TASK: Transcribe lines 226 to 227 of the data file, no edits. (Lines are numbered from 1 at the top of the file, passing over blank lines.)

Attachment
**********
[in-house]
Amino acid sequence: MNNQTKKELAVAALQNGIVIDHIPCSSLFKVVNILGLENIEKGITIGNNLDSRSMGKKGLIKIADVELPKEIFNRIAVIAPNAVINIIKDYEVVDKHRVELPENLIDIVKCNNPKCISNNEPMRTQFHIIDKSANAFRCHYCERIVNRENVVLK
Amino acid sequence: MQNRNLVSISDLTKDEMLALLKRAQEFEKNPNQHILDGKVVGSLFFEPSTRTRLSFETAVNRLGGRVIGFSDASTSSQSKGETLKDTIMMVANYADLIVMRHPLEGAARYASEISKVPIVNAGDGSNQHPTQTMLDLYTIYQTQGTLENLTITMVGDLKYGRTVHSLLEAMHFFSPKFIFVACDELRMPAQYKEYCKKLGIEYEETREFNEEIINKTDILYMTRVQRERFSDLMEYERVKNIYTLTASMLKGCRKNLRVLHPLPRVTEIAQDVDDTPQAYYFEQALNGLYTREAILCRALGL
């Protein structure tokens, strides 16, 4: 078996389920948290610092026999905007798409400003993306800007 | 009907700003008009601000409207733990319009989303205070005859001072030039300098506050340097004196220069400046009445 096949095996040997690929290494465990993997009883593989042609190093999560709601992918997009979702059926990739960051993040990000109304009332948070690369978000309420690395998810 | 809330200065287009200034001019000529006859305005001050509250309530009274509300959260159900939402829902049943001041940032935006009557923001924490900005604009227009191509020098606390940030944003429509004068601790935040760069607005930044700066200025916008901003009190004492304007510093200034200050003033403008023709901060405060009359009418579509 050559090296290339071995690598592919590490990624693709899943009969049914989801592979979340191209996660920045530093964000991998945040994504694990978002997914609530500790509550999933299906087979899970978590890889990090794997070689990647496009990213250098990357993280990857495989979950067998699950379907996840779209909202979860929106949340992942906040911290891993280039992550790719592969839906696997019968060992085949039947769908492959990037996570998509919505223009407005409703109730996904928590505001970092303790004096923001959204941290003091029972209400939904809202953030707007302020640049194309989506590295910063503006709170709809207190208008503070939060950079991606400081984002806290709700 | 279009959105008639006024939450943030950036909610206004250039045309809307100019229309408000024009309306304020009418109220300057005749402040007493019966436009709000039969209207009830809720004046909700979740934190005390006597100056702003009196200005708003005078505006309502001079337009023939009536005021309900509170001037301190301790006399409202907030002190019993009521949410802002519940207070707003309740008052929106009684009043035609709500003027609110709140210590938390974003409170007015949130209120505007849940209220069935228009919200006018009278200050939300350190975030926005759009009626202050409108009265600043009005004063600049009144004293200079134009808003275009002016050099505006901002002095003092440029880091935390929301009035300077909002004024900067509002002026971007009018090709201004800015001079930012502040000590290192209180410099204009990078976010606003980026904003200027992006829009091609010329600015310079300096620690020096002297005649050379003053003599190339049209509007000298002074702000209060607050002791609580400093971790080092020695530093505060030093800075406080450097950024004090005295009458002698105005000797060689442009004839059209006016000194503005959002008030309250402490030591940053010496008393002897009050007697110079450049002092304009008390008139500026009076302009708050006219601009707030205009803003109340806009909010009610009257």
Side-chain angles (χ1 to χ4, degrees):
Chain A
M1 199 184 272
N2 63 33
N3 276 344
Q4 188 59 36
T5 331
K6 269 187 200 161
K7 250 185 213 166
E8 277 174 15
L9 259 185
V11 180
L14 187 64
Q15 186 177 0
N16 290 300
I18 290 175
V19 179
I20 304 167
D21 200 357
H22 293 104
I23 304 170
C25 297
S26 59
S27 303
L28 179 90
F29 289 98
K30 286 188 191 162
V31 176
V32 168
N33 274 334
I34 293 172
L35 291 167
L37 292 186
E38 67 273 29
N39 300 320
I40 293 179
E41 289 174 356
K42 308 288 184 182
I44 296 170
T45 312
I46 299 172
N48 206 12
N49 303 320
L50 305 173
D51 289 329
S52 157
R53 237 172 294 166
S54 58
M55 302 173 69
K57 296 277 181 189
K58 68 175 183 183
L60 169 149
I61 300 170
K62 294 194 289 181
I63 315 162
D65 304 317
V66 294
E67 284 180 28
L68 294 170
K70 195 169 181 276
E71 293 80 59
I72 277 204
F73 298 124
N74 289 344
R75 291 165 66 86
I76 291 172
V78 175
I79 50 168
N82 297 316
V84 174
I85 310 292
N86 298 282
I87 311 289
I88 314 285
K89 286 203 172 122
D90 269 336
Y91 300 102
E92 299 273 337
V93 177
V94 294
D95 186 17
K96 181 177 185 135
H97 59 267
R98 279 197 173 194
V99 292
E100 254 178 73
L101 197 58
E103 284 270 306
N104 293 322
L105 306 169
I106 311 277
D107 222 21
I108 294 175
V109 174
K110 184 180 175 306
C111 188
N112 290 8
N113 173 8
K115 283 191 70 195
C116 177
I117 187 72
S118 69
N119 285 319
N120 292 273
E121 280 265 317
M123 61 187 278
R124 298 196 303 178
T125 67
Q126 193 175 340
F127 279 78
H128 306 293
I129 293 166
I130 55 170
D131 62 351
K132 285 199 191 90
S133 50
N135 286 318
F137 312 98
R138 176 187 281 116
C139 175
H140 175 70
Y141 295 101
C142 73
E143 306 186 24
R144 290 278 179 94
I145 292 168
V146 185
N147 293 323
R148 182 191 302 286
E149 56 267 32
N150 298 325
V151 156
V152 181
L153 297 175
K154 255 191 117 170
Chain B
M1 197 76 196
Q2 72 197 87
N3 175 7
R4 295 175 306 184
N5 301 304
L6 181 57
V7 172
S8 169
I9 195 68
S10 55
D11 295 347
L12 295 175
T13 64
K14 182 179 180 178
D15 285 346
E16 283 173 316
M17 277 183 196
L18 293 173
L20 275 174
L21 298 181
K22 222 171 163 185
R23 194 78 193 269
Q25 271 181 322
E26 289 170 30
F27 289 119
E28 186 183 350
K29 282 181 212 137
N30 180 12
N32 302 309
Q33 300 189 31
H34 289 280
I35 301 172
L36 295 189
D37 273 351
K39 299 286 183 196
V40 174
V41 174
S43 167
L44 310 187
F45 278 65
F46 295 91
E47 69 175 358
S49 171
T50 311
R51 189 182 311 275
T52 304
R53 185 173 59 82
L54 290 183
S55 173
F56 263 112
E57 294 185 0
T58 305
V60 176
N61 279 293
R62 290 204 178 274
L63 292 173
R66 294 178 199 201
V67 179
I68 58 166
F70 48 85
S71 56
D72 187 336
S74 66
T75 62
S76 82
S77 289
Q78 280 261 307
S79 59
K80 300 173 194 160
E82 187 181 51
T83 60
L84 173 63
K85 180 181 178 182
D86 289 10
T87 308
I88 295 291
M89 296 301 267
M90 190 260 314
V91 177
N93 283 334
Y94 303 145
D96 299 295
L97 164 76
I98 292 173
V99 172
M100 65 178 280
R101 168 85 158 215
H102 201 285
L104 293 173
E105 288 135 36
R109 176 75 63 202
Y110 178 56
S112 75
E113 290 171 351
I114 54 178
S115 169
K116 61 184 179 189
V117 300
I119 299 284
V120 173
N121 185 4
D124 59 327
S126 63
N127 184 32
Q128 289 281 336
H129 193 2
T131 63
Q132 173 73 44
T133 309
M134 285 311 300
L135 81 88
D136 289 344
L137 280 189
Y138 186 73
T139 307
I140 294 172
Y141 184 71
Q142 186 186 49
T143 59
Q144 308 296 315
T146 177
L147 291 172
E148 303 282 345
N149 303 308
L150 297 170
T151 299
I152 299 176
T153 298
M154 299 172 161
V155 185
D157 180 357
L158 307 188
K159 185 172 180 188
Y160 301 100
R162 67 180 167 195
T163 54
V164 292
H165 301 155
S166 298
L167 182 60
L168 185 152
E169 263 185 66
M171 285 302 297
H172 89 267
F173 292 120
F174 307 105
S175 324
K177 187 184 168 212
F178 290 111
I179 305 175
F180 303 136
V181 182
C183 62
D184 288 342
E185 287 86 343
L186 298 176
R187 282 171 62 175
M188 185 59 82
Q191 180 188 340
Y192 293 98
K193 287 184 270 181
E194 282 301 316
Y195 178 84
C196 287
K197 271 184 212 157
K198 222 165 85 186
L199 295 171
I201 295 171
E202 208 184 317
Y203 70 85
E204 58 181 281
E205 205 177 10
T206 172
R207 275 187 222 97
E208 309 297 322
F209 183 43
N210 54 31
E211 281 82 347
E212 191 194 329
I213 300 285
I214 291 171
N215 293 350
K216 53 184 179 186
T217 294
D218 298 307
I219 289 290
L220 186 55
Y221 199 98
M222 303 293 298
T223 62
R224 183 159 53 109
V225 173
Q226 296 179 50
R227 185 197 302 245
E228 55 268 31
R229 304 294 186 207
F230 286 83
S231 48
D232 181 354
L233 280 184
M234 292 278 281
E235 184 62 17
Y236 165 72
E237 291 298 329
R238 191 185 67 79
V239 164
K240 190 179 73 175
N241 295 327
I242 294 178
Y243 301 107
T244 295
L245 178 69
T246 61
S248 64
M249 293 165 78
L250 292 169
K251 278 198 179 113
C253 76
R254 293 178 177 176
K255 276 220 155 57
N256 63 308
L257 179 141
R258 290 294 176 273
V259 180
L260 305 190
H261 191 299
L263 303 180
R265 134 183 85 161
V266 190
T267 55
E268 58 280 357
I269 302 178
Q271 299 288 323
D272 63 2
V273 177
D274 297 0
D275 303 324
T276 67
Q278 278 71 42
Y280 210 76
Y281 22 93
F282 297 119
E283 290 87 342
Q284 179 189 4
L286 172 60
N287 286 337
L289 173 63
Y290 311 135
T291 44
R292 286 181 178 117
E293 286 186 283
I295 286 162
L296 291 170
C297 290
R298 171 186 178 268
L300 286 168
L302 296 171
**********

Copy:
M100 65 178 280
R101 168 85 158 215